Notes and Editorial Reviews
Schubert’s complete works for violin and piano consist of three “sonatinas” Op. 137 Nos. 1-3 (D. 384, 385 and 408), Rondo Brillant D. 895, the Duo D. 574, and the amazing late Fantasia in D major D. 934. Because these do not quite fill two CDs, Volume 2 includes the Fantasia in F minor for piano duet, with Julia Fischer taking the second piano part. She’s obviously a tremendously gifted artist as the performance is an excellent one in every respect, and you’d never guess that one of the players is not a professional pianist.
That said, it’s the violin and piano works that constitute the principal attraction, and I include both discs together because I can’t imagine anyone interested
in one not wanting the other as well. The three sonatinas are not, in fact, all that small, especially the latter two, which have four substantial movements apiece. Like everything Schubert wrote they are melodically generous and lovely from beginning to end. The D. 574 is more ambitious still, and by the time we get to the Fantasia we are talking about miracles. These performances are stupendous: perfectly balanced dialogs between two vibrant young personalities, ideally recorded in a warm acoustic space. There’s no need to say more: just get these discs.
-- David Hurwitz, ClassicsToday.com
As with any work by a composer who barely lived into his thirties, the Op. 137 Violin Sonatas (Sonatinas) of Franz Schubert are clearly early works. Written at the tender age of 19, however, these three sonatas are especially youthful even for Schubert. The opening movement of the D major Sonata is entirely Mozartian, and is forever compared to the K. 304 Sonata. Whether an homage or imitation, Schubert at once proves that he is capable of working in the strictly classical tradition before moving directly into the rest of Op. 137 with more trademark "Schubertian" characteristics. Performing these three sonatas on this PentaTone Classics SACD are violinist Julia Fischer and pianist Martin Helmchen. As her many previous successful albums have already demonstrated, Fischer is a force to be reckoned with. From the first note of the album, her Guadagnini violin sings forth with an impossibly pure, clear, beautiful tone that few can achieve. Her intonation is flawless throughout the disc, and her considerable technical skills back up her keen musical understanding of Schubert's score and delivery of precisely what is on the page free from unnecessary and undesirable affectations. The collaboration with Helmchen is one of seamless understanding and fluidity. Helmchen's touch is as sensitive and graceful as Fischer's, and the two together produce an entirely beautiful soundscape filled with moving dynamics, precise articulation, and sublime balance. The disc concludes with the much later and considerably darker B minor Rondo, Op. 70, which contrasts nicely with the less intense Op. 137 Sonatas. PentaTone's sound is spacious and inviting, and those listening in multichannel mode will enjoy the sensation of sitting right between Fischer and Helmchen.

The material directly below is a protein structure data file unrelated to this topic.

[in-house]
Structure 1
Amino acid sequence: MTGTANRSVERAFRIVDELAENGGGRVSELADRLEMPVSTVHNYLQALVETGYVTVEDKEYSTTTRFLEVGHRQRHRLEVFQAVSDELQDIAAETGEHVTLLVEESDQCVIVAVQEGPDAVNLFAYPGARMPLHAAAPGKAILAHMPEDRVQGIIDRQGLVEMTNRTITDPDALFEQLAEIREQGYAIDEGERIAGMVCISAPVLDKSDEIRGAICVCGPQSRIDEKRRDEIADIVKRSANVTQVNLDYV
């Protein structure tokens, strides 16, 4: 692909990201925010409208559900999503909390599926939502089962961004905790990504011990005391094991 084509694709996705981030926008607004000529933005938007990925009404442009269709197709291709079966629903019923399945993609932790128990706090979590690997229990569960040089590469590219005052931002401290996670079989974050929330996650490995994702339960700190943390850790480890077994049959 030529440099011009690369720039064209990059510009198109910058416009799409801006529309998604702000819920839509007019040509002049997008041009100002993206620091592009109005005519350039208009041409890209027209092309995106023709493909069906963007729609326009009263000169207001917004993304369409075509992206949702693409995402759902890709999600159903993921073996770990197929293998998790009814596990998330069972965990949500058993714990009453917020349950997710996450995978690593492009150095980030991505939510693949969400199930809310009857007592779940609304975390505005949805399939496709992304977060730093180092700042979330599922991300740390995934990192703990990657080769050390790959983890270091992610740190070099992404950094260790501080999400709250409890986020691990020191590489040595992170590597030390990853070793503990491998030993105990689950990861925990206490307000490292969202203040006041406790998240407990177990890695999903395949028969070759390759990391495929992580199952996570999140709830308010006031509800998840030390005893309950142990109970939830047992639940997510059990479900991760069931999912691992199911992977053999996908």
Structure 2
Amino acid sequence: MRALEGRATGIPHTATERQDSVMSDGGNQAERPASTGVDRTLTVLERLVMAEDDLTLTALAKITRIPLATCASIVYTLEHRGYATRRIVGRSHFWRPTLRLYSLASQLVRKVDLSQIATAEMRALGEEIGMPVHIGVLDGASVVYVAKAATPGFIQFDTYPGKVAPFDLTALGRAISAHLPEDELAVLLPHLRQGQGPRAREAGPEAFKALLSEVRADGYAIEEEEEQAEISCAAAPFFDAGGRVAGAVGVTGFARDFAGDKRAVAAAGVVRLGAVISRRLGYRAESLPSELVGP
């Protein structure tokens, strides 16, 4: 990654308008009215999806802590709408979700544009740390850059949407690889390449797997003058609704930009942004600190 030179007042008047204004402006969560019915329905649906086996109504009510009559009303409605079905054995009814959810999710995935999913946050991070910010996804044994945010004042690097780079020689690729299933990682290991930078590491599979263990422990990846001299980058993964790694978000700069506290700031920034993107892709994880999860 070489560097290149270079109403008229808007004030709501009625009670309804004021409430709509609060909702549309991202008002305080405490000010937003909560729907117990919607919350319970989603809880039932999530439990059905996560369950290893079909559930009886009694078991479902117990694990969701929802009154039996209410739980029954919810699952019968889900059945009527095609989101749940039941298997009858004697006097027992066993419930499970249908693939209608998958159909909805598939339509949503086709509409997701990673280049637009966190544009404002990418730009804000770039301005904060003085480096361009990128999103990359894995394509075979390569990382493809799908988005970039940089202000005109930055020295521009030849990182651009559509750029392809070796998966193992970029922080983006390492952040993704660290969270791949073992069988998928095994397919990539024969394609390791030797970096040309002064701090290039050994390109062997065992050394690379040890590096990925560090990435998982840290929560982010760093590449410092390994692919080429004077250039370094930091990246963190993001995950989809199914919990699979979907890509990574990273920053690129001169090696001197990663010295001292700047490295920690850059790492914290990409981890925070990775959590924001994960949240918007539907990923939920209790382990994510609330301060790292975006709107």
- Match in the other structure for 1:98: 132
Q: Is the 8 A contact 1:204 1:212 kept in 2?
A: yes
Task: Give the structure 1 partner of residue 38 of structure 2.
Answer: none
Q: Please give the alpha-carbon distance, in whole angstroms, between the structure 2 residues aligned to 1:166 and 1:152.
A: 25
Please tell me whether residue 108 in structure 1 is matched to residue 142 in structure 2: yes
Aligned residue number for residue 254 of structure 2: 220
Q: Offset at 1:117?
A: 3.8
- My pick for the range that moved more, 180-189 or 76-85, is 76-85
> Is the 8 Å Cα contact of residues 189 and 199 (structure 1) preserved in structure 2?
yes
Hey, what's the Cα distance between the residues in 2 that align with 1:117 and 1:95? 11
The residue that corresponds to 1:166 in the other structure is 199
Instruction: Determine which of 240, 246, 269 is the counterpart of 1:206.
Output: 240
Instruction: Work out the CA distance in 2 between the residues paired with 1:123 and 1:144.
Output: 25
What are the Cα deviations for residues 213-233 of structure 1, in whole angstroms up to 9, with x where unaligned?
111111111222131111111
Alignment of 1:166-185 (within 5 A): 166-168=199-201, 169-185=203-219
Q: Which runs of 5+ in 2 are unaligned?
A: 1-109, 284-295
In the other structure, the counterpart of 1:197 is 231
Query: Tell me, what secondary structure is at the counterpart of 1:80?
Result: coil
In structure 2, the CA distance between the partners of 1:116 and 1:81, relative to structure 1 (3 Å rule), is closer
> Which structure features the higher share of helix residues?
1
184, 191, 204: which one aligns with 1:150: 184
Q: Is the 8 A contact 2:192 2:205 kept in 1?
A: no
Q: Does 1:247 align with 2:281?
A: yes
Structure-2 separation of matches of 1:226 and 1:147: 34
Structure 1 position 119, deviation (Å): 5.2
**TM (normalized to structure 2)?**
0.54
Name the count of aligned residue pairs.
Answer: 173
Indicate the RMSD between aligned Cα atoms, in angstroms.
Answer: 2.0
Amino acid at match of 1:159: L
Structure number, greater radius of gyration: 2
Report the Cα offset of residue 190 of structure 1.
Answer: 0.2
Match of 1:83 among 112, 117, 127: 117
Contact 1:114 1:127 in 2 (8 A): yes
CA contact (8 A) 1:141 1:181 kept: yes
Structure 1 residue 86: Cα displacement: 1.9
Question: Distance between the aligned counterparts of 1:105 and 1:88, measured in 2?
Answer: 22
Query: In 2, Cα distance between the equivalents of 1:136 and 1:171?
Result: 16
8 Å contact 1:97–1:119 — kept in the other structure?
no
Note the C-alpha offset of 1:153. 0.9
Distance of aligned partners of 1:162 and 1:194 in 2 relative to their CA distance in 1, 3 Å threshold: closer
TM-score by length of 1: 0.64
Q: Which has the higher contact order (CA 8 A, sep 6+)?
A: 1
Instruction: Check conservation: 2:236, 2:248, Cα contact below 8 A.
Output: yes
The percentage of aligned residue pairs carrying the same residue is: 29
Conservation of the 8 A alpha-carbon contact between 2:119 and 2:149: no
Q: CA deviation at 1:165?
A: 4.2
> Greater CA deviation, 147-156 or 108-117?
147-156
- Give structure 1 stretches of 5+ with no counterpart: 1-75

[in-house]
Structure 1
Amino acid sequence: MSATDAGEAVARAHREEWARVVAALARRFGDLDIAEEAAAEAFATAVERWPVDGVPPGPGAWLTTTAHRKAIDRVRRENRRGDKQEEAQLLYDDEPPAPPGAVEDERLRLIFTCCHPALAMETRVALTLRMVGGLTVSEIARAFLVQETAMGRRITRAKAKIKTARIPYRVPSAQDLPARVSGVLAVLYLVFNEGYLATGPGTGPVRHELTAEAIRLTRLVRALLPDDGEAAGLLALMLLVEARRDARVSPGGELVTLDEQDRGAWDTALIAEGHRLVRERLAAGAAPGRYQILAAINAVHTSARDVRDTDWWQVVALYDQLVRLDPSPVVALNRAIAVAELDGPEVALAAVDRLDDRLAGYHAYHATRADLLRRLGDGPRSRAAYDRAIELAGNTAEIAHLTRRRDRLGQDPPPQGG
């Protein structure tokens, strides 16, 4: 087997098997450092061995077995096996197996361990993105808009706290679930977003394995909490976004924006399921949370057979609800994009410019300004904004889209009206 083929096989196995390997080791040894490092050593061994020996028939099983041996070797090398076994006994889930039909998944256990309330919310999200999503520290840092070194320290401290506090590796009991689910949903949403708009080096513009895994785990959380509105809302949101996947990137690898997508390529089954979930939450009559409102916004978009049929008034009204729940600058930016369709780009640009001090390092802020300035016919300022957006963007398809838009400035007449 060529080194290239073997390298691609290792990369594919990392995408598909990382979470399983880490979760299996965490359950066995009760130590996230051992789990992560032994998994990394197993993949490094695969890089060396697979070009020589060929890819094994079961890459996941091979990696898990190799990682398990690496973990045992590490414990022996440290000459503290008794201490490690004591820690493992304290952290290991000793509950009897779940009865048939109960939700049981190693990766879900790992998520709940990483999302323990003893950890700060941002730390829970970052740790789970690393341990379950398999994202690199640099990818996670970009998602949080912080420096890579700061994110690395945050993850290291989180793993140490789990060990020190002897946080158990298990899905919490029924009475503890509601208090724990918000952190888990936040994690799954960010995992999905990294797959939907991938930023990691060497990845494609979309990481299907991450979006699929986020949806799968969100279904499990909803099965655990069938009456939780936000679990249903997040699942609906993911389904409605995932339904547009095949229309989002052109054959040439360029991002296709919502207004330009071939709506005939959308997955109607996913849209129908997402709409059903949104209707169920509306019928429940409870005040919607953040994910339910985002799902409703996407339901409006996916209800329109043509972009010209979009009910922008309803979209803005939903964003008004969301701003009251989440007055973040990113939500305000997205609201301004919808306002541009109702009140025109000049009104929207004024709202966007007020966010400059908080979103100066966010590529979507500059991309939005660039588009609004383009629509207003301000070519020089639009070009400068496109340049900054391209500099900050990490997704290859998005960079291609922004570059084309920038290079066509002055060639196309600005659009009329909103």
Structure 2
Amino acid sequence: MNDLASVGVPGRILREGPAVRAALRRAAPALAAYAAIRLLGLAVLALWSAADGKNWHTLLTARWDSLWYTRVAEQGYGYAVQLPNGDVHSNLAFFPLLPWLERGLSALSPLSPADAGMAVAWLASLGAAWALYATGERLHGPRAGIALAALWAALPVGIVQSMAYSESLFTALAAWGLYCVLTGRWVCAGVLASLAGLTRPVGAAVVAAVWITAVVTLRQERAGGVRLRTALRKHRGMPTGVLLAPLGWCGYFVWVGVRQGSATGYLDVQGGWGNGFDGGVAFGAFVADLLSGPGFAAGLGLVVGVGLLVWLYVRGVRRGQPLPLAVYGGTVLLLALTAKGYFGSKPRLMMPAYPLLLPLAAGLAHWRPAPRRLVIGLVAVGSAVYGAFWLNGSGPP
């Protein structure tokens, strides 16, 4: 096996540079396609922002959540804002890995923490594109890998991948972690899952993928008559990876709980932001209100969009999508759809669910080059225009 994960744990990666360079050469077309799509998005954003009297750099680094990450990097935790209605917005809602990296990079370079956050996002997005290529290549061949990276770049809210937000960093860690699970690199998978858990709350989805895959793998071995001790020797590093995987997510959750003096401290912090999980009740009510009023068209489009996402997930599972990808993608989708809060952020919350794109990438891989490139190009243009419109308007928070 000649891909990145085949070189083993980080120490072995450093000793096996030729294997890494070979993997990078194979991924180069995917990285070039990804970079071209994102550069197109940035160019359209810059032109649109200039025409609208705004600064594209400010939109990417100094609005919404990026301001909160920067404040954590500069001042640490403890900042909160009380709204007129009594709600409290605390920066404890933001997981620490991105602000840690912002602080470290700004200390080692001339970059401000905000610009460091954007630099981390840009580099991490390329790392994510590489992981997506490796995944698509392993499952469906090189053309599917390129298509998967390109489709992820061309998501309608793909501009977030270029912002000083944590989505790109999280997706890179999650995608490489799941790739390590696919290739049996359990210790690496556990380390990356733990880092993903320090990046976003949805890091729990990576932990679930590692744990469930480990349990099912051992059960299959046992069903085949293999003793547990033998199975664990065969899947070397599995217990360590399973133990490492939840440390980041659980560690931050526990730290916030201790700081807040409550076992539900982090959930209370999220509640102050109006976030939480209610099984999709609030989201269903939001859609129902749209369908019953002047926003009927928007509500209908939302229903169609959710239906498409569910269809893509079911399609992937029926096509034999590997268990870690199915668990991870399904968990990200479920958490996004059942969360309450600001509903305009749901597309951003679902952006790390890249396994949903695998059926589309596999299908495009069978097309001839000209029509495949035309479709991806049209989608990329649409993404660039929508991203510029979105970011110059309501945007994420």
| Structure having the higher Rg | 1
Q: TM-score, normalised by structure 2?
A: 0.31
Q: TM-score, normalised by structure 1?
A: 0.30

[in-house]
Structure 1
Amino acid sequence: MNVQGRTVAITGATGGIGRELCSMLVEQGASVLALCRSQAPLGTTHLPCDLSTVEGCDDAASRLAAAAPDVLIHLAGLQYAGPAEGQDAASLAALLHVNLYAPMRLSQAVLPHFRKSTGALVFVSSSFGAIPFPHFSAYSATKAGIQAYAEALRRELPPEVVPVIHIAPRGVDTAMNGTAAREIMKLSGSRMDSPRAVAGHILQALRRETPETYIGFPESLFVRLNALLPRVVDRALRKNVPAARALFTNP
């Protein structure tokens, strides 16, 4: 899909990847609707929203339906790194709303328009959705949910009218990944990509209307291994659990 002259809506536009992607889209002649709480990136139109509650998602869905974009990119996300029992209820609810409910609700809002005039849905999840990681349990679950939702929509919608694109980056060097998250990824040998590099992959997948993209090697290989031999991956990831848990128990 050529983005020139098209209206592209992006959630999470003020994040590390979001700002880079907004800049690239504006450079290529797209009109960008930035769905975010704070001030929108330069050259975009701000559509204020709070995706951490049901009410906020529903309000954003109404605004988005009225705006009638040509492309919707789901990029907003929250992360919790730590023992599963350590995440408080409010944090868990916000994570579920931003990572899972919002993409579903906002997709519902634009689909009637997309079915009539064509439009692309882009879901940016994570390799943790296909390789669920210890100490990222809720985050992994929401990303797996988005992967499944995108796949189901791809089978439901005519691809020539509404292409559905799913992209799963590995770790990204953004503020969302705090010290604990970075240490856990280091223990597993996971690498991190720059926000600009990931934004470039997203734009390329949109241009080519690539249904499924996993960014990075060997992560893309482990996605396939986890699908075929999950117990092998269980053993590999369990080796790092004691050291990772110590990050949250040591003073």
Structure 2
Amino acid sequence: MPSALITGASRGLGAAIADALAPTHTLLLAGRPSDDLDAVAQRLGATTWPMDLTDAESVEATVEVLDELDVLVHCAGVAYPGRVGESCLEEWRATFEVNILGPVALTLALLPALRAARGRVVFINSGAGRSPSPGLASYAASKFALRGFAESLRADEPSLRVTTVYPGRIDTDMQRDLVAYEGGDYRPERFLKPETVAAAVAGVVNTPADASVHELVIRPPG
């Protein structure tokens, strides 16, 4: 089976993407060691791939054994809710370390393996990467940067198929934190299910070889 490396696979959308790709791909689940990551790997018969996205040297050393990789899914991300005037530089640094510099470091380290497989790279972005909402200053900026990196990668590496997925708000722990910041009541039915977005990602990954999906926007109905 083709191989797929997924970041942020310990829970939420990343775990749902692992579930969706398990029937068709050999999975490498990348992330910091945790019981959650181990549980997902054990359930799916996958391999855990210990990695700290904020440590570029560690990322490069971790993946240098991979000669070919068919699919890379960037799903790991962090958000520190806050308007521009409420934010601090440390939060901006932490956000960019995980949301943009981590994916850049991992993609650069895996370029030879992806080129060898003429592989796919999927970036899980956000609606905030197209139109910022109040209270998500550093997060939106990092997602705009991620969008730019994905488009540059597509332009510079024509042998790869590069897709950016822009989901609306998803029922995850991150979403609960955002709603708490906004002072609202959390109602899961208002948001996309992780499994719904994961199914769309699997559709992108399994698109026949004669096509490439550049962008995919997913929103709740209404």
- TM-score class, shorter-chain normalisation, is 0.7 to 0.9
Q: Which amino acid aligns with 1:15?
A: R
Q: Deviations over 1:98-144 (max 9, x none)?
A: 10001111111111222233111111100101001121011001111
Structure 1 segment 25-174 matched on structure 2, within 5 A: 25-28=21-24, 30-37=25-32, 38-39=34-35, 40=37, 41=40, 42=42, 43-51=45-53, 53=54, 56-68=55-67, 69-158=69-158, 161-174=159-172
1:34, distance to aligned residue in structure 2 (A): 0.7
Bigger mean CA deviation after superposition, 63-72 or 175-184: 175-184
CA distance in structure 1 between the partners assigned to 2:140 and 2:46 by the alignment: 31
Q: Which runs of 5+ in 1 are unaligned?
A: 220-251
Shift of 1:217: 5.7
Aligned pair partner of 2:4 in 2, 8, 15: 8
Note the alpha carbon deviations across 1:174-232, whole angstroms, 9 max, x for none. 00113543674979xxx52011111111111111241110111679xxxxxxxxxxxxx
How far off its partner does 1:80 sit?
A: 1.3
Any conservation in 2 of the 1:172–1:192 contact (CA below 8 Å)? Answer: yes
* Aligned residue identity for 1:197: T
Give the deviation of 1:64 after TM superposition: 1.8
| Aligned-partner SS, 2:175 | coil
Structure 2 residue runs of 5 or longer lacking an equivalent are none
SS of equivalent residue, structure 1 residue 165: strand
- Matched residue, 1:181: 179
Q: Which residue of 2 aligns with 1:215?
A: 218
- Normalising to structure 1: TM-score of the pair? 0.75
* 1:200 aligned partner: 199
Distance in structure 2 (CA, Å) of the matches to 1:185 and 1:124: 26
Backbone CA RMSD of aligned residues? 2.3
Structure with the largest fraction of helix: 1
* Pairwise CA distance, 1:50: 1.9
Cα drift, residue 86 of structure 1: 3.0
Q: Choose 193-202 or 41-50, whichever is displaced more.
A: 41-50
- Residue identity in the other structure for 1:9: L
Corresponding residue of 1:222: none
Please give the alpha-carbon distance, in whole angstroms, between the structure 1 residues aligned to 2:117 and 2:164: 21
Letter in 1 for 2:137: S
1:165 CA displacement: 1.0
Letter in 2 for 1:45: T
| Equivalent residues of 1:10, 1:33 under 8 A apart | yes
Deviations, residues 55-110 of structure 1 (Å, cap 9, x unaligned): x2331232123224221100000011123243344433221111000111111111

-- All Music Guide
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